A Narrative of Travels on the Amazon and Rio Negro
With an Account of the Native Tribes, and Observations on the Climate, Geology, and Natural History of the Amazon
By Alfred Russel Wallace
Publisher: Cambridge University Press
Print Publication Year: 2010
Online Publication Date:July 2011
Original Publication Year:1853
Chapter DOI: http://dx.doi.org/10.1017/CBO9780511695476.015
Subjects: Social and cultural anthropology , Latin American language and linguistics
At length, on the 23rd of April, I bade adieu, with much pleasure, to São Jeronymo. I stopped at several places to buy beiju, fish, pacovas, and any parrots I could meet with. My Indians went several times, early in the morning, to the gapó to catch frogs, which they obtained in great numbers, stringing them on a sipó, and, boiling them entire, entrails and all, devoured them with much gusto. The frogs are mottled of various colours, have dilated toes, and are called Juí.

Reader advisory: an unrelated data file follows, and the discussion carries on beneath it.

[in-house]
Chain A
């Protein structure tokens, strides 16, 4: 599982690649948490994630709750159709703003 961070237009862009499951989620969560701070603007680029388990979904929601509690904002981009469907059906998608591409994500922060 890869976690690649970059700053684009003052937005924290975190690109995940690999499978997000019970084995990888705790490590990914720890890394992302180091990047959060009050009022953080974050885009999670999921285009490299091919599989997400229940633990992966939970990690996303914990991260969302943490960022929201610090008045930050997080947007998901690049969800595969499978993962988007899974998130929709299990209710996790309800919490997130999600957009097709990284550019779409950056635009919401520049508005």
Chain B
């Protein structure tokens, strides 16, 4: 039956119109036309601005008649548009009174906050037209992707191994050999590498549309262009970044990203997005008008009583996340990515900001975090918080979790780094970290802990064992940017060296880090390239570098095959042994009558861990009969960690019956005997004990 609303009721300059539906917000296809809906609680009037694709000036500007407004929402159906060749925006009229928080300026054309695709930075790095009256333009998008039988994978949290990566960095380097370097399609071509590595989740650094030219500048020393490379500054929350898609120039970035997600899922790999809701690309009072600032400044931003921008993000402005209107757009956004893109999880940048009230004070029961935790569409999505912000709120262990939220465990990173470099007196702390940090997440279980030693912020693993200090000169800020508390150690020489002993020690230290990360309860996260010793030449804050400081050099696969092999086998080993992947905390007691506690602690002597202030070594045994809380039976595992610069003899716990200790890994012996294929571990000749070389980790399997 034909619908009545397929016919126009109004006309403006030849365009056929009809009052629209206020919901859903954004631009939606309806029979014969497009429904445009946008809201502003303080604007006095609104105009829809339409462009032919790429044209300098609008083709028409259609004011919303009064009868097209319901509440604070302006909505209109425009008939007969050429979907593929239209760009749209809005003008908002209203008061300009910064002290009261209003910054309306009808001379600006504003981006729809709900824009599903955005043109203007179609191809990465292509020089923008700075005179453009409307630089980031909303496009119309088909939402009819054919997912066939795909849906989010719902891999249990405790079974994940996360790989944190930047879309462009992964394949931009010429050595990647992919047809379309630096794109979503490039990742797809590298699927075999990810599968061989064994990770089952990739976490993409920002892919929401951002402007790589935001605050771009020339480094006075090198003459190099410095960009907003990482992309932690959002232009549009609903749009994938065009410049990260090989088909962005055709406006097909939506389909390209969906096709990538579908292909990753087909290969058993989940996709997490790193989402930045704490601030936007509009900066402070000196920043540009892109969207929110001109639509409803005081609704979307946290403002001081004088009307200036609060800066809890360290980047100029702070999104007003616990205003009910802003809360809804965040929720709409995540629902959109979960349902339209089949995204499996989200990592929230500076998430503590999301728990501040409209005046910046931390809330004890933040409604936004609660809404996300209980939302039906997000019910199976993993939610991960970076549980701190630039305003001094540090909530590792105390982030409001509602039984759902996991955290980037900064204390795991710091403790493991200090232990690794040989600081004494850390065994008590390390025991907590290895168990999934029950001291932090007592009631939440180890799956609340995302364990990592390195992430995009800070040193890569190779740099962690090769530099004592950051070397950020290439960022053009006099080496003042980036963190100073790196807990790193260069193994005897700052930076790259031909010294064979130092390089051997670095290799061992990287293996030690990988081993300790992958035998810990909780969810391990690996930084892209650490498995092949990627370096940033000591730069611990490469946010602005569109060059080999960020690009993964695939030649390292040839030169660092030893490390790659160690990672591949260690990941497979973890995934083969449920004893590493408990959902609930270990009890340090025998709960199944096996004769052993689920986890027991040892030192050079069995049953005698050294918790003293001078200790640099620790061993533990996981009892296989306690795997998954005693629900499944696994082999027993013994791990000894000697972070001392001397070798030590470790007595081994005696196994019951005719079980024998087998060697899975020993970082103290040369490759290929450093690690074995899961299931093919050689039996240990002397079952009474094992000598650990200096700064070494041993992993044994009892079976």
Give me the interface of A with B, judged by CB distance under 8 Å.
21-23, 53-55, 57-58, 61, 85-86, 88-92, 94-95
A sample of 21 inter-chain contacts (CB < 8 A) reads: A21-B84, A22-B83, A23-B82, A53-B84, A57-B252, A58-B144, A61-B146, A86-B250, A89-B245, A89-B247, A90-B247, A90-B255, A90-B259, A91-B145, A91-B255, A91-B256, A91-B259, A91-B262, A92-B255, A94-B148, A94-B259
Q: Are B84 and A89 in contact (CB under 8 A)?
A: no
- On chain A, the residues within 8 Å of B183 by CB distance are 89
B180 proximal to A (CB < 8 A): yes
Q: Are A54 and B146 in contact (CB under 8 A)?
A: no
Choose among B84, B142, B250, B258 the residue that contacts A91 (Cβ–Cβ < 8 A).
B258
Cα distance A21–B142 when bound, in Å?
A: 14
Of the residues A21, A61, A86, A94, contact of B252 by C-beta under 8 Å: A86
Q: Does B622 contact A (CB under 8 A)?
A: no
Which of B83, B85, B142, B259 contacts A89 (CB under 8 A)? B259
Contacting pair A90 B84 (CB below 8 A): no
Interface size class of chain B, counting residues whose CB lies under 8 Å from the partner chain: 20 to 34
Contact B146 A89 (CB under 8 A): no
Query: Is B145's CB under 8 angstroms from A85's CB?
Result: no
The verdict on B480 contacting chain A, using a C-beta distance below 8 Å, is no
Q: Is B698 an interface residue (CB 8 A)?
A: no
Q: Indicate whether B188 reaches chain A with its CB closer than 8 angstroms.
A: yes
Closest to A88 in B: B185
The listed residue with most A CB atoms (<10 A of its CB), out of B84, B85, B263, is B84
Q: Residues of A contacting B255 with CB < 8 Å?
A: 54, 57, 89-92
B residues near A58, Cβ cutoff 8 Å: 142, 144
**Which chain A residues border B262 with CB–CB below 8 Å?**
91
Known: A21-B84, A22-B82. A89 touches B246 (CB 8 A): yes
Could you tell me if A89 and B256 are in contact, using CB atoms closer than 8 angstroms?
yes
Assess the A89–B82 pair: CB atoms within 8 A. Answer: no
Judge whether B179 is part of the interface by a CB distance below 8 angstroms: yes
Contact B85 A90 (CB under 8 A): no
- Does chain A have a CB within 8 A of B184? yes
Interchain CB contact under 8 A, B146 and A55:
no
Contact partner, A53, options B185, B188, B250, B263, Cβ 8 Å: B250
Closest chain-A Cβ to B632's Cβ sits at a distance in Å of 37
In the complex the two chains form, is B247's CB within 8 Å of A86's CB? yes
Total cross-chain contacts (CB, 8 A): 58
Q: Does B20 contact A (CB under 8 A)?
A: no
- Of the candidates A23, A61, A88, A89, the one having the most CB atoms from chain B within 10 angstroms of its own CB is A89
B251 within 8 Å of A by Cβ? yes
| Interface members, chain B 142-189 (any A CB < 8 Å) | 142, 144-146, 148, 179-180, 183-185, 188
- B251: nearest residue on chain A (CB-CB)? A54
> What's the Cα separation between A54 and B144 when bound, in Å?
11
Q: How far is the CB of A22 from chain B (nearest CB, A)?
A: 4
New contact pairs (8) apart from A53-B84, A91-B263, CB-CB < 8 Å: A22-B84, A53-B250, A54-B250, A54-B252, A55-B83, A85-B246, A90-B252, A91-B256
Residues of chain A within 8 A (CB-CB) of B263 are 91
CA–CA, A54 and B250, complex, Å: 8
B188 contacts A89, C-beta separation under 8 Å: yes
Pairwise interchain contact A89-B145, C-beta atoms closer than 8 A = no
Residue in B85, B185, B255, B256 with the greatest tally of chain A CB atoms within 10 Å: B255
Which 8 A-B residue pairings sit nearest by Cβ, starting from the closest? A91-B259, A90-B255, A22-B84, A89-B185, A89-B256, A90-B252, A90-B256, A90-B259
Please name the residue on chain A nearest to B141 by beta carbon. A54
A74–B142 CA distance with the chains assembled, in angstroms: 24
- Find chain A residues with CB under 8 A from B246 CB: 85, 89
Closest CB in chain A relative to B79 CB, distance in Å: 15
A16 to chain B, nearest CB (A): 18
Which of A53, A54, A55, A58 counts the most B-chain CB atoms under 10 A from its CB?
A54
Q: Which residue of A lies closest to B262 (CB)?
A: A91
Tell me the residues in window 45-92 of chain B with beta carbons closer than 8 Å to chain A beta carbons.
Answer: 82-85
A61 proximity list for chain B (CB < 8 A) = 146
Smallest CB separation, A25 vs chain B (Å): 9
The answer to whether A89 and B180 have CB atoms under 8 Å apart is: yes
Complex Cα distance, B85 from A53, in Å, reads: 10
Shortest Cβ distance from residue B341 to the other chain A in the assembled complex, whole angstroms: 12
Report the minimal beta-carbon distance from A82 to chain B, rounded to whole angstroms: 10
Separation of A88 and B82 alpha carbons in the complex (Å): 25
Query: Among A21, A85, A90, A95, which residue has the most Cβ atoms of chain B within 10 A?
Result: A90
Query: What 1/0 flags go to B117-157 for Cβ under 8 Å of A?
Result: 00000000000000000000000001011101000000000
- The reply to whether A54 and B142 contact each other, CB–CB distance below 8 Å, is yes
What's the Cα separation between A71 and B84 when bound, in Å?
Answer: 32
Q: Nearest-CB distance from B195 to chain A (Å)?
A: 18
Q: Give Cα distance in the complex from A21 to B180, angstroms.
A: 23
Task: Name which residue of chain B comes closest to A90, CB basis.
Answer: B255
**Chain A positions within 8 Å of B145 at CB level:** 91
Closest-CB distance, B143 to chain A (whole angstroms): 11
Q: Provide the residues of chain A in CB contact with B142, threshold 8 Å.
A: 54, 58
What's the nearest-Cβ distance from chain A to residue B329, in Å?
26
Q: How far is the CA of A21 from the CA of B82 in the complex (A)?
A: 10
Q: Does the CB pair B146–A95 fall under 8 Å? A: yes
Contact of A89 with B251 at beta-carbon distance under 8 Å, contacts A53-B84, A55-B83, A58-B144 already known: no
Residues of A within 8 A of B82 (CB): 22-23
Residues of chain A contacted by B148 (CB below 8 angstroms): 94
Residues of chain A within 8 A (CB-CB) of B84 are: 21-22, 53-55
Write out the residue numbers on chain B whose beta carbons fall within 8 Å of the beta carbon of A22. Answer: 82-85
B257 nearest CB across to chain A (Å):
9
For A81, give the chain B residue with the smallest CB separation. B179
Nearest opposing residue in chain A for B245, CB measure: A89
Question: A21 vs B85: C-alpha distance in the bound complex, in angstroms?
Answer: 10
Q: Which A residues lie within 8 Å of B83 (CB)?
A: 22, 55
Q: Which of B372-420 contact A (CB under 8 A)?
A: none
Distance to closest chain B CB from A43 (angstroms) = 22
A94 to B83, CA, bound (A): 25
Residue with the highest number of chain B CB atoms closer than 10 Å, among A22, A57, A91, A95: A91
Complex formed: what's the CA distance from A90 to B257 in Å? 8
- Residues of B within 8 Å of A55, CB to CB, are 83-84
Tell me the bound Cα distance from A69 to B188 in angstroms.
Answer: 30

On the 26th we reached São Joaquim, where I staid a day, to make some cages for my birds, and embark the things I had left with Senhor Lima.
On the 28th I went on to São Gabriel, and paid my respects to the new Commandante, and then enjoyed a little conversation with my friend Mr. Spruce. Several of my birds died or were lost here, and at São Joaquim. A little black monkey killed and devoured two which had escaped from their cages, and one of my most valuable and beautiful parrots (a single specimen) was lost in passing the falls. I had left São Joaquim with fifty-two live animals (monkeys, parrots, etc.), which, in a small canoe, were no little trouble and annoyance.
I was lucky enough to get the Commandante to send a soldier with me in charge of the Correio, or post, and thus ensured my passage to Barra without further delays, a point on which I had been rather uneasy.
No references available.